BY BETTY MAINA
As the East African Community (EAC) evolves towards a political federation it is worth commending the efforts put in place so far in the integration process. Last year alone we eliminated over 66 percent of the non tariff barriers (reported as of January) and that has somewhat enhanced trade in the region. That notwithstanding, a number of areas still need to be concluded and/or ratified in order to ensure the smooth flow of business in the region.
Regional integration is important for the manufacturing sector as it provides market opportunities across the EAC which is a key market for Kenya. The initial stages of integration saw the growth of Kenyan exports to the region. There has however been a slowdown in the exports to EAC and figures from the 2014 Economic survey indicate that Kenya’s exports to the East African Community have reduced by a staggering 7.4 percent from about Kshs. 134 billion in 2012 to Ksh.124 billion in 2013. This is mainly attributed to the imposition of non- tariff barriers by partner states, the non – recognition of EAC certificates of origin, regulatory authority actions, a lack of harmonized standards and the misinterpretation of the provisions on the Customs Union Protocol on export promotion schemes.
The Sanitary and Phytosanitary Protocol still needs to be ratified by partner states in order to resolve the long outstanding non tariff barriers on standards and to allow movement of goods within EAC.
Some delays have been experienced in the implementation of the EAC Single Customs Territory and there is need to sensitize the EAC stakeholders on the benefits of the Single customs territory so that implementation can be expedited. In addition, there is need to hasten the opening up of one-stop border posts to make the border stations process more efficient.
It is pleasing to note that there is a NTB Bill which is before the East African Legislative Assembly (EALA). The Bill needs to be fast tracked into law so that there is a legal framework for the elimination of non tariff barriers. Part F of the Customs Union Protocol on Export Promotion Schemes also needs to be amended to provide for EAC manufacturing for local market and export market.
There have been long outstanding market issues as a result of the delay in gazettement of the revised EAC rules of origin which was adopted in November 2014 by the Council of Ministers. Gazettement of the same would resolve some market access issues for key exporting sectors including motor vehicles, furniture, and chemical and allied.
To smoothen cross border trade, partner states should do away with the technicalities in trading on goods manufactured within the EAC. Partner state should also allow intercompany transfer of intermediate goods. Double taxation has been a thorn in the flesh for the business community and it is sad to note that even after an agreement was made at EAC level to ratify the EAC agreement on double taxation only one partner state has ratified the same. There is need to expedite the ratification of the agreement by the other four partner states. In addition partner states should desist from subjecting products from the EAC region to additional levies that would have been subjected to tax in the home country.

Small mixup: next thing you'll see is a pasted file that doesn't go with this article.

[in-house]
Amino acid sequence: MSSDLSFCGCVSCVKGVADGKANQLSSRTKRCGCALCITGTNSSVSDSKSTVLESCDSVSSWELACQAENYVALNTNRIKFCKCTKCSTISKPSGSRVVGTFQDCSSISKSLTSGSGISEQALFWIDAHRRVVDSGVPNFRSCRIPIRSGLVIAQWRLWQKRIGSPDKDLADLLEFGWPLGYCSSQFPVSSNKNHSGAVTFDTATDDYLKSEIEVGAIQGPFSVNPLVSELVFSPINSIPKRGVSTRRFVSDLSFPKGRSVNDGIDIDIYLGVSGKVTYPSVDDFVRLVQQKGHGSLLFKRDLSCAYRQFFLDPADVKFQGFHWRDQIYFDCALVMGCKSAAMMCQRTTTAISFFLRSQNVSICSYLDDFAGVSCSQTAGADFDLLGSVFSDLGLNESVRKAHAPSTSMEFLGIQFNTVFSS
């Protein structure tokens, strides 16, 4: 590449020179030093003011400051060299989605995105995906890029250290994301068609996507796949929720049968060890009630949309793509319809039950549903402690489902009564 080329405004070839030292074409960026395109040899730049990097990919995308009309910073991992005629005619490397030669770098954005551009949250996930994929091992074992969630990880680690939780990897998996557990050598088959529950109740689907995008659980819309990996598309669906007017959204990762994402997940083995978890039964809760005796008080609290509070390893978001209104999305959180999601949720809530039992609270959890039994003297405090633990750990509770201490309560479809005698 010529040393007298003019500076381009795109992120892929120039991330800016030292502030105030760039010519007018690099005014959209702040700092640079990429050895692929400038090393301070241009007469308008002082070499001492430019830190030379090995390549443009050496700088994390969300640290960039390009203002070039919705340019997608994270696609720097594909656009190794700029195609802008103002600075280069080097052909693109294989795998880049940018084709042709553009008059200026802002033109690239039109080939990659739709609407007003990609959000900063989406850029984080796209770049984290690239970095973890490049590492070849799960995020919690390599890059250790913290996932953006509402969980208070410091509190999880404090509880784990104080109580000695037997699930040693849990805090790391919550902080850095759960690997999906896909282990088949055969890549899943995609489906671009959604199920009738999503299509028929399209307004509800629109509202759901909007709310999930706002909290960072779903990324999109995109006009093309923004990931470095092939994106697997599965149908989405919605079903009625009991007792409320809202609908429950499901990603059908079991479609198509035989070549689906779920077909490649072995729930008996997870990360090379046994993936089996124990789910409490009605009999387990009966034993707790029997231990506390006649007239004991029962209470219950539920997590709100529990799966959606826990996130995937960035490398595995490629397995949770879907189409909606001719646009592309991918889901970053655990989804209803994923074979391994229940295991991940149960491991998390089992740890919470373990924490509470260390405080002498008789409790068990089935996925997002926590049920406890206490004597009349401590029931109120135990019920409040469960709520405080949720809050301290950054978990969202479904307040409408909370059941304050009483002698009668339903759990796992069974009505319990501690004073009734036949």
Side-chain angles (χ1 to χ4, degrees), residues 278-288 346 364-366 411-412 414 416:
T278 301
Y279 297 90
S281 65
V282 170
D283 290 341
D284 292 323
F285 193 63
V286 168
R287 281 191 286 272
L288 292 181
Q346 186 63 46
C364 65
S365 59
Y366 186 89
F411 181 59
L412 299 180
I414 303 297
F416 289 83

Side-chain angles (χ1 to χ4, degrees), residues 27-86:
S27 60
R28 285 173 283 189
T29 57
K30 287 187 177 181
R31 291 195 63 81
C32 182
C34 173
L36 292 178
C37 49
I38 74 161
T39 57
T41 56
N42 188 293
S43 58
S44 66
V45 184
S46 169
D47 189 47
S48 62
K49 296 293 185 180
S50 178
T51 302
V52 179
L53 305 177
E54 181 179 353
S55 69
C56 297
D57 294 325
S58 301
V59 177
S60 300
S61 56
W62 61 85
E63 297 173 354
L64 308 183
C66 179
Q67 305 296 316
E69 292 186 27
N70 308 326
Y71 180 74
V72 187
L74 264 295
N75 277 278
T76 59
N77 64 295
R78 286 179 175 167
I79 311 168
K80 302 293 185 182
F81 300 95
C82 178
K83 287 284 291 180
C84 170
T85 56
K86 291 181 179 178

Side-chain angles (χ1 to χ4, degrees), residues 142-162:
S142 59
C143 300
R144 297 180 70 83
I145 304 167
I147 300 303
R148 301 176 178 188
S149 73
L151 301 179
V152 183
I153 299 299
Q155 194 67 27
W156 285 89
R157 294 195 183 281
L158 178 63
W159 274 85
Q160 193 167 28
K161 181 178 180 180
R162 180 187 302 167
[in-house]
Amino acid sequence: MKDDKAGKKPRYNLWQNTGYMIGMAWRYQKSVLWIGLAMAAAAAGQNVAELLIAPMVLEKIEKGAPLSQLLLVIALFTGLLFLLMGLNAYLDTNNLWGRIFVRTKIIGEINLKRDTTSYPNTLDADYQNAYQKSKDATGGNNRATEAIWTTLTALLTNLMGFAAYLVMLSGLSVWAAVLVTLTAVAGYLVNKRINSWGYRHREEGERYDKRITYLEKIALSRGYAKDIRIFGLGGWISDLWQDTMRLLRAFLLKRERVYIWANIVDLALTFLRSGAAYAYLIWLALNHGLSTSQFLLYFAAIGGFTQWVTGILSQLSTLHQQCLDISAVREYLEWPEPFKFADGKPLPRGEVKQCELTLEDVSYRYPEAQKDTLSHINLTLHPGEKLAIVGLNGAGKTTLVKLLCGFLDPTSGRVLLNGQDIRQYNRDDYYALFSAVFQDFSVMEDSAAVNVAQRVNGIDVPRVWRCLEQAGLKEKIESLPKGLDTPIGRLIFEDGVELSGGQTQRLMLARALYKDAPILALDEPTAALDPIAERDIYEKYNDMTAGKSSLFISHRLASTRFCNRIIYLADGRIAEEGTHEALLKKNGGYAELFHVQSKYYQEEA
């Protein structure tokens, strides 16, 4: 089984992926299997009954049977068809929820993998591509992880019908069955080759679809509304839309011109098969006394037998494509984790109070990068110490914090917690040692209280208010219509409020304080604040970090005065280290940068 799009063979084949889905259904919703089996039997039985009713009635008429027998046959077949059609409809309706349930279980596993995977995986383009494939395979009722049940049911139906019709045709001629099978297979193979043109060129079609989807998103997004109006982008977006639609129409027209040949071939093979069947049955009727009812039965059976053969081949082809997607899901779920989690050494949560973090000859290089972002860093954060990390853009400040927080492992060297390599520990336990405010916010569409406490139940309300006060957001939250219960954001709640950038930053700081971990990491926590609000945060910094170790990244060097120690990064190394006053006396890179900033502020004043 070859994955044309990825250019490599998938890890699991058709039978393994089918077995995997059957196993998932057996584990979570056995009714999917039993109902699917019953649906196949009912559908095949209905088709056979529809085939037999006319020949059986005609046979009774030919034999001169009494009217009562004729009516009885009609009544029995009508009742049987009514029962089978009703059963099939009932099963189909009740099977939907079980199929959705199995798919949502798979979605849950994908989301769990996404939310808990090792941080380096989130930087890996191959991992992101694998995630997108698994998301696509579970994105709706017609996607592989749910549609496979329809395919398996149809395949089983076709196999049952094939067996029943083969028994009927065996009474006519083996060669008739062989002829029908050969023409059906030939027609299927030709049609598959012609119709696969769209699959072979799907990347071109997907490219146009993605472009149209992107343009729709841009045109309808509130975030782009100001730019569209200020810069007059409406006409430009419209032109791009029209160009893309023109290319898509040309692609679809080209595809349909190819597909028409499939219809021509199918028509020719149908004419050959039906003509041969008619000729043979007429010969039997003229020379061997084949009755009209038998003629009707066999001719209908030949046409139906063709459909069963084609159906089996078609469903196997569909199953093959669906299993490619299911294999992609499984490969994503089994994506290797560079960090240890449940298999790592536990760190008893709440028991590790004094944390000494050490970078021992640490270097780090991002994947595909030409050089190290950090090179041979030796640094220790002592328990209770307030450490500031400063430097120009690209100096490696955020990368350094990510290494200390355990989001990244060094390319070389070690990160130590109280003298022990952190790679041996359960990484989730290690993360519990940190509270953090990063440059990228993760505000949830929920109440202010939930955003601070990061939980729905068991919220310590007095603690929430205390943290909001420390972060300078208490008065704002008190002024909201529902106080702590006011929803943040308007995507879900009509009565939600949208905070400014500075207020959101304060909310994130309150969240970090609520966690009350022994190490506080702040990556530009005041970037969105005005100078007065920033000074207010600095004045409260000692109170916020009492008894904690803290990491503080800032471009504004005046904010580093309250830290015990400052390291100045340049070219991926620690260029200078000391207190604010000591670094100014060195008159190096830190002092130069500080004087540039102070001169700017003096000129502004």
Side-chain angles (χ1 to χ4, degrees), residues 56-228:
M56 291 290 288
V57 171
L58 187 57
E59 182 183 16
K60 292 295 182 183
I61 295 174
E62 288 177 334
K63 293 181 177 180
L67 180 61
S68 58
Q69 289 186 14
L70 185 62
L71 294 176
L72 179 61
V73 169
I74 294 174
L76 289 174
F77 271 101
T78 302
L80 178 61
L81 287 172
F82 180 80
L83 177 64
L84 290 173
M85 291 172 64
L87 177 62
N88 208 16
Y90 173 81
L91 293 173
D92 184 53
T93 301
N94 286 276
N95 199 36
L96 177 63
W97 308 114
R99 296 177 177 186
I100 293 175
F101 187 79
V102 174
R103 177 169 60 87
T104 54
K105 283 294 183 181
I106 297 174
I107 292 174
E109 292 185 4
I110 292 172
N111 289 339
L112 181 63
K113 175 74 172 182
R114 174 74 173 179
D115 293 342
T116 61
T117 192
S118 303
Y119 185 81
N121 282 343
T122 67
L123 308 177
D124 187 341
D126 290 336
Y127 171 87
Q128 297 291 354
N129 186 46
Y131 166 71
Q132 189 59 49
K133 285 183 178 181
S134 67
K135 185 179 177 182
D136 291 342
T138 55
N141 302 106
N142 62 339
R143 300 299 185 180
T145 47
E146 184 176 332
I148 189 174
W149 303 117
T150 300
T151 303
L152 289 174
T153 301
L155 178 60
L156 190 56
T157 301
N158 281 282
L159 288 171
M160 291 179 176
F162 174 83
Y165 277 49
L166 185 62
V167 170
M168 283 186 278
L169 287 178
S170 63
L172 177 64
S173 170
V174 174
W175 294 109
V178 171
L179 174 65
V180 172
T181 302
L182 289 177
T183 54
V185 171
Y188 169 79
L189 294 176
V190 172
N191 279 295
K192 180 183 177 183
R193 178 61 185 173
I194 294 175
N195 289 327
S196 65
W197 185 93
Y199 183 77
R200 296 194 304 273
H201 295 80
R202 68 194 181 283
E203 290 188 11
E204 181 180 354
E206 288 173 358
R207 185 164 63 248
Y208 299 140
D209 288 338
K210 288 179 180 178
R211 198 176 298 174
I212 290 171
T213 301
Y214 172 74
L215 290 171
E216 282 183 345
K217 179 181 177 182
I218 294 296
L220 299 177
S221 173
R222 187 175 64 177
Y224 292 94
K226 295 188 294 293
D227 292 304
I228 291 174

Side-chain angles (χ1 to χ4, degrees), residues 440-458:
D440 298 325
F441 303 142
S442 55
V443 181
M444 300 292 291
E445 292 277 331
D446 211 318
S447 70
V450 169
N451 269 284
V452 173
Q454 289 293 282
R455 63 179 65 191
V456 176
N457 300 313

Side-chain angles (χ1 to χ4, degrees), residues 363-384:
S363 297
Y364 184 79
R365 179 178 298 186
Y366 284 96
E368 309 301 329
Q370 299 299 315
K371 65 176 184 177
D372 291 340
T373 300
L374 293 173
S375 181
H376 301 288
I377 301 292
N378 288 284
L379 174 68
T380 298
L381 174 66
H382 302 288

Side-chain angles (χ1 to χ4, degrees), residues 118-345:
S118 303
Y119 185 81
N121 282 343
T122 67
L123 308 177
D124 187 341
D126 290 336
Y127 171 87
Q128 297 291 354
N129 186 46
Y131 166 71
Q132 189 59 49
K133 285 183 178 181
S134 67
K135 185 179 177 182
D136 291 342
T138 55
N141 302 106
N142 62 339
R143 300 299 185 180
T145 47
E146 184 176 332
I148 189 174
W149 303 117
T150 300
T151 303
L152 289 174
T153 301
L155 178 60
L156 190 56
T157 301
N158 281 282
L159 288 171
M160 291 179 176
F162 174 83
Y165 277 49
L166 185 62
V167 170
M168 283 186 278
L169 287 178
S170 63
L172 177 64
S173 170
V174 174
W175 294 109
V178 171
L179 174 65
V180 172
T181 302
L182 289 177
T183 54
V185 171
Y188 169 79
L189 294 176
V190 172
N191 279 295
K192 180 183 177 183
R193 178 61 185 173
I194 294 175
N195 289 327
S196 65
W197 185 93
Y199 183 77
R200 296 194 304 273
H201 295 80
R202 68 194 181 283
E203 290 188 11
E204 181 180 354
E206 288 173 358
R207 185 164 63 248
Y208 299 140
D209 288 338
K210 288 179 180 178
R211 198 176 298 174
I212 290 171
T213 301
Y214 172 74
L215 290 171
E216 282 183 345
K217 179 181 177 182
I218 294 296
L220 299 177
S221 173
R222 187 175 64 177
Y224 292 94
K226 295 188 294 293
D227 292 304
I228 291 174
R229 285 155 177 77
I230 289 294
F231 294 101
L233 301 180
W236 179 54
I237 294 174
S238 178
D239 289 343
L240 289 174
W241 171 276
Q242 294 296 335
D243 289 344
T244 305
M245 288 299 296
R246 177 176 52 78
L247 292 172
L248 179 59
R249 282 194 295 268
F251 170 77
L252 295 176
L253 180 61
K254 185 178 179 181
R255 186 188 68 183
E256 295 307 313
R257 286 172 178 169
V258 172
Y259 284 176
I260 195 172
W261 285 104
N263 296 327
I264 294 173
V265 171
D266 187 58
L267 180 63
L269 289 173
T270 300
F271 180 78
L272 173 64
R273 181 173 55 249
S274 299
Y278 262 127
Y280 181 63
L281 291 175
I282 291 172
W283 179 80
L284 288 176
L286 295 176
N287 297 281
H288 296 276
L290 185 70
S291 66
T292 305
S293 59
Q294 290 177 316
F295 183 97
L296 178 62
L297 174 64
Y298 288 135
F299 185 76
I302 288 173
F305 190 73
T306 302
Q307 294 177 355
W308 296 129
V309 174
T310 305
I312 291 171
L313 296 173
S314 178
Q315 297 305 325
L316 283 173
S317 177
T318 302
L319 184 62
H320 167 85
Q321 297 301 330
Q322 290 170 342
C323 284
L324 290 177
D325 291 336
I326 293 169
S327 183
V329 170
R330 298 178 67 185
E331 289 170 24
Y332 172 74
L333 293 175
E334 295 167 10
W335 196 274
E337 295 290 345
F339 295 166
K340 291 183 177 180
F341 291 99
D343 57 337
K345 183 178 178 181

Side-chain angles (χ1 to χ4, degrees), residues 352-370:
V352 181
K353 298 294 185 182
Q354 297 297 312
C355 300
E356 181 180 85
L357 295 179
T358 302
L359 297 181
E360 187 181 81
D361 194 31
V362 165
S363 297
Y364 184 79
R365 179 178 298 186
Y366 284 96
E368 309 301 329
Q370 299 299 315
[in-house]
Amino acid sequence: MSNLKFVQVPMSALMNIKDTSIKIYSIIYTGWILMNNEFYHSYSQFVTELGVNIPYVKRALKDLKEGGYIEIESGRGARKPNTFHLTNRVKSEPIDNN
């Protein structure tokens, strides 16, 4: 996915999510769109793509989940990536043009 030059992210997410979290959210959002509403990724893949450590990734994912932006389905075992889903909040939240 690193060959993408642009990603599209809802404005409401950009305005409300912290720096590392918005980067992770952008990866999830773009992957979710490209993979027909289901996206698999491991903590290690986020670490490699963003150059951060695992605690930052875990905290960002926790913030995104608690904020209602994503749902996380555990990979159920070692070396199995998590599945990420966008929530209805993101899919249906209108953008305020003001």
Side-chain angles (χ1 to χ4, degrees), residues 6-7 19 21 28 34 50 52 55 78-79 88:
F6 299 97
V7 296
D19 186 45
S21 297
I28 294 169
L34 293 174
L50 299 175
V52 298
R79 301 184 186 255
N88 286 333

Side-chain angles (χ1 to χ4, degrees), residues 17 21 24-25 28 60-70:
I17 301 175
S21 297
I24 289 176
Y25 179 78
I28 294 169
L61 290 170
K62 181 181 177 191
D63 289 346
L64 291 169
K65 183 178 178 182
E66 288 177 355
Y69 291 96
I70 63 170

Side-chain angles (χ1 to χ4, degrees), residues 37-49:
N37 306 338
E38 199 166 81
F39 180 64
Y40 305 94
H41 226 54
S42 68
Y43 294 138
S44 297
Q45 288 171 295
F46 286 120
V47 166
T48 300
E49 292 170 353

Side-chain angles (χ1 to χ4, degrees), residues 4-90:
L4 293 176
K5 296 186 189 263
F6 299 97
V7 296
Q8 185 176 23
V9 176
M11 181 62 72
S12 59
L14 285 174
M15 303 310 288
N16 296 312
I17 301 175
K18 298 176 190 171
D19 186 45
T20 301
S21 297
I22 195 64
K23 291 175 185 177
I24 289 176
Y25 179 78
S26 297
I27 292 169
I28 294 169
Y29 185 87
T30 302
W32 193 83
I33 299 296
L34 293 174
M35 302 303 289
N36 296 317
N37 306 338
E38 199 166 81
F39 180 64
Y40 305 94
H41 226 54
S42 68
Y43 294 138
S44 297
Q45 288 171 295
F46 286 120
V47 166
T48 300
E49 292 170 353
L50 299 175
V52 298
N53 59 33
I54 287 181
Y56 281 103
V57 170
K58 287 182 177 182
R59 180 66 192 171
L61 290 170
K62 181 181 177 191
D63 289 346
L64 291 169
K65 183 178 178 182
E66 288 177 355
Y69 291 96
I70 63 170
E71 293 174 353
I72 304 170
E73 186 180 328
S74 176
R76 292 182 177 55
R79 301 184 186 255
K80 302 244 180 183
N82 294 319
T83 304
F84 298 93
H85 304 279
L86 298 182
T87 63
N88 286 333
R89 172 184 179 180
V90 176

Many a times officers manning the borders do not have sufficient knowledge on the procedures, rules and regulations applicable under the region’s protocol agreements. In order to facilitate trade and not cause any delays at the border more effort should be channeled towards educating enforcement officers on the applicable laws.
Free movement of labour within the community needs to be addressed. Tanzania currently charges $200 for a visa regardless of the period of stay. Of concern as well is the pace of standards development is slow. The observation has been that it takes over two years to draft and approve a standard. The process needs to be expedited to facilitate trade. Moreover, there is need to ensure that Partner state adopt all the harmonised standards and have a legally binding mechanism to ensure that harmonised standards are adopted by the partner states within the required time.
An anomaly also exists in road user charges which are not harmonised. Harmonising EAC road user charges and road tolls will ensure uniformity. One of the greatest issues which the Presidents need to ensure is that the manufacturing sector is enabled in order to grow by promoting an increase in production and market access. In terms of market access, there are double standards in implementation of requirements for market access. Chinese products are not subject to the same scrutiny as EAC products. Products from China access the market freely.
Counterfeits continue to frustrate the trade of locally produced goods. According to a survey conducted by Kenya Association of Manufacturers on illicit trade, industry in Kenya loses over Ksh 2 billion in illicit trade and counterfeit goods annually. Hamonization of intellectual property regulations and legal frameworks will go a long way in fighting illicit trade.
Great strides have been made and much more needs to be done to boost trade in the East African Community.
(The writer is the chief executive officer of Kenya Association of Manufacturers and can be reached on [email protected])